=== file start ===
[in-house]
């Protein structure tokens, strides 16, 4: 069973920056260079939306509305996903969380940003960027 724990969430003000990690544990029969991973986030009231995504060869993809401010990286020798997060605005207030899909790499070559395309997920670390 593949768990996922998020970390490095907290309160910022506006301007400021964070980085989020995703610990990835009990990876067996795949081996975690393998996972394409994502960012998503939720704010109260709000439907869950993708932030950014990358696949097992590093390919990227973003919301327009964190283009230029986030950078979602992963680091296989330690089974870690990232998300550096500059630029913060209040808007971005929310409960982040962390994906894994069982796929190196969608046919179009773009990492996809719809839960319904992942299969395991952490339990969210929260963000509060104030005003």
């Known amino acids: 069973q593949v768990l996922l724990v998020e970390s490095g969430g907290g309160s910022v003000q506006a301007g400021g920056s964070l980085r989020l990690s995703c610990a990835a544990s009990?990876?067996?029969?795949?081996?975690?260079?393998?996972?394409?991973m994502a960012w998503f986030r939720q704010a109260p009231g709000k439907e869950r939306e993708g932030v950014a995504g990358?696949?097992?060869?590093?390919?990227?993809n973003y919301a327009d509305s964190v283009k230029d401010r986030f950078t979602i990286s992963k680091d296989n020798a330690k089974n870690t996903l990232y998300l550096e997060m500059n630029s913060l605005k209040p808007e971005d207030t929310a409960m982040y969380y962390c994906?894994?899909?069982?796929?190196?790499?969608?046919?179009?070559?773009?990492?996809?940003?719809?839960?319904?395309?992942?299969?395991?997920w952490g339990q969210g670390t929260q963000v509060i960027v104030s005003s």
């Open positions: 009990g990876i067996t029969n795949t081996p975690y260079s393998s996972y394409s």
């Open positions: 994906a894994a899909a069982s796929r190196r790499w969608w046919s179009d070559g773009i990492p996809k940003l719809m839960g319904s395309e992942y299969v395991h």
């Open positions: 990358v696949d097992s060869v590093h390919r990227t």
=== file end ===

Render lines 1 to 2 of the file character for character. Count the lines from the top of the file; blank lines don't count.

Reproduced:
[in-house]
């Protein structure tokens, strides 16, 4: 069973920056260079939306509305996903969380940003960027 724990969430003000990690544990029969991973986030009231995504060869993809401010990286020798997060605005207030899909790499070559395309997920670390 593949768990996922998020970390490095907290309160910022506006301007400021964070980085989020995703610990990835009990990876067996795949081996975690393998996972394409994502960012998503939720704010109260709000439907869950993708932030950014990358696949097992590093390919990227973003919301327009964190283009230029986030950078979602992963680091296989330690089974870690990232998300550096500059630029913060209040808007971005929310409960982040962390994906894994069982796929190196969608046919179009773009990492996809719809839960319904992942299969395991952490339990969210929260963000509060104030005003």